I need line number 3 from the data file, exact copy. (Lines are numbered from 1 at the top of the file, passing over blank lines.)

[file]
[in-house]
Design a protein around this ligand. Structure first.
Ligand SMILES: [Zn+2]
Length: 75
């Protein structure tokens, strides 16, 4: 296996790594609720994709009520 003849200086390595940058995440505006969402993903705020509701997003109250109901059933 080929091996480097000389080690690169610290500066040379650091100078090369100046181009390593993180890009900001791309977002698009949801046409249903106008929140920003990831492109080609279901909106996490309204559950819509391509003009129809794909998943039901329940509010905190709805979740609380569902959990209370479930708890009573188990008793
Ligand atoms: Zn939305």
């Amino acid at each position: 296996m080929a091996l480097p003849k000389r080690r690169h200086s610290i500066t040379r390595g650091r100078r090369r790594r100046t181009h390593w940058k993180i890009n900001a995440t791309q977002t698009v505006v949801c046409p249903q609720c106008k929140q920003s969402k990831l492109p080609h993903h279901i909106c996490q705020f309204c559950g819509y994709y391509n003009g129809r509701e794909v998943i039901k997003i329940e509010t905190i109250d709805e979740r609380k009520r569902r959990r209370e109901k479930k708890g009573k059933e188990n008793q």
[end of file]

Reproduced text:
Ligand SMILES: [Zn+2]